What do you need to know about the mutual will?

Mutual testament is a combination of two or more wills.

Generally, this is a two-person joint testament, whereby both parties give orders for each other.

Mutual testament is usually made between spouses. On the other hand, the mutual will is possible whoever persons will be concerned (for example, between siblings). Mutual testament usually aims to secure the surviving spouse’s position.

Should both have their own testamentary document or one common document?

The parties may choose whether to draft mutual testament in one or two originals.

The number of originals is relevant, inter alia, for the revoking of the will. The testament can be revoked either wholly or in part, the other spouse still living or after his death.

On the other hand, there is no need for a mutual will to be drafted on two different papers, even though there are two different versions, but both the wills are written on the same document.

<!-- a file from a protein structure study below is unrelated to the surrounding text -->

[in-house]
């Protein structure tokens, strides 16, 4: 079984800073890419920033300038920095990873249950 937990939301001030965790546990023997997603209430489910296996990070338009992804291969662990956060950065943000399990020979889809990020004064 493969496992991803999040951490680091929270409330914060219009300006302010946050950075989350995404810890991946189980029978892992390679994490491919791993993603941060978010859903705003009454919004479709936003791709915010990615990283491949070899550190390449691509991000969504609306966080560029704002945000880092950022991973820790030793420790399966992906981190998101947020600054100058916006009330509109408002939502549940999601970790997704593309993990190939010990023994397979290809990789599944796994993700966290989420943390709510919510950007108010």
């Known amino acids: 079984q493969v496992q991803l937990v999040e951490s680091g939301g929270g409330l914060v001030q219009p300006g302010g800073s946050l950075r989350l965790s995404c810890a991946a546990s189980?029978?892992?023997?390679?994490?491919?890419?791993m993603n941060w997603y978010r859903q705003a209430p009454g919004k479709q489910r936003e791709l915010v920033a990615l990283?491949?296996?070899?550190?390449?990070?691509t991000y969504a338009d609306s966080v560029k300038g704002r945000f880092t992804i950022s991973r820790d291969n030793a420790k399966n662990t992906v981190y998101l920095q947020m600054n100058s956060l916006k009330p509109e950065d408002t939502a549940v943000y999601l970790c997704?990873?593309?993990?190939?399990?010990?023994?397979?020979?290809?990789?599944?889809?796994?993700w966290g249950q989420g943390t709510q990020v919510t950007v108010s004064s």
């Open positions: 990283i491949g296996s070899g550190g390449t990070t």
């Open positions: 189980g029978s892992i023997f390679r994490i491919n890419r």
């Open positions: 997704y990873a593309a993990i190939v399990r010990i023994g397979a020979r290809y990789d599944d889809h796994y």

The Mutual Testament comes into force

The Mutual Testament must meet the normal form requirements. In other words, the will must be in writing and it must include the signatures of both testators and the signatures of two disinterested witnesses.

Two disinterested witnesses must be simultaneously present and authenticate the will with their signatures. Witnesses must know that the document they are authenticating is a last will although they need not know the detailed content of the testament.

If the original will cannot be found in the death estate of the deceased spouse after his death, it is necessary to find out whether the spouse might have wanted to revoke the will for his part.

The benefits of a mutual testament

Mutual testament is a tool for heritage planning that can, inter alia

  • ensure the surviving spouse’s livelihood
  • reduce the amount of widow’s inheritance tax
  • help to keep the property for descendants
  • influence on size of inheritance shares of the heirs and timing of inheritance distribution e.g. by drafting terms to protect the widow against heirs’ demands for their legal portions.

When the Mutual Will is drawn up without secondary regulations, the property might be transferred completely to the relatives of the surviving spouse according to the wishes of the deceased. Mutual testament can also be made conditional.

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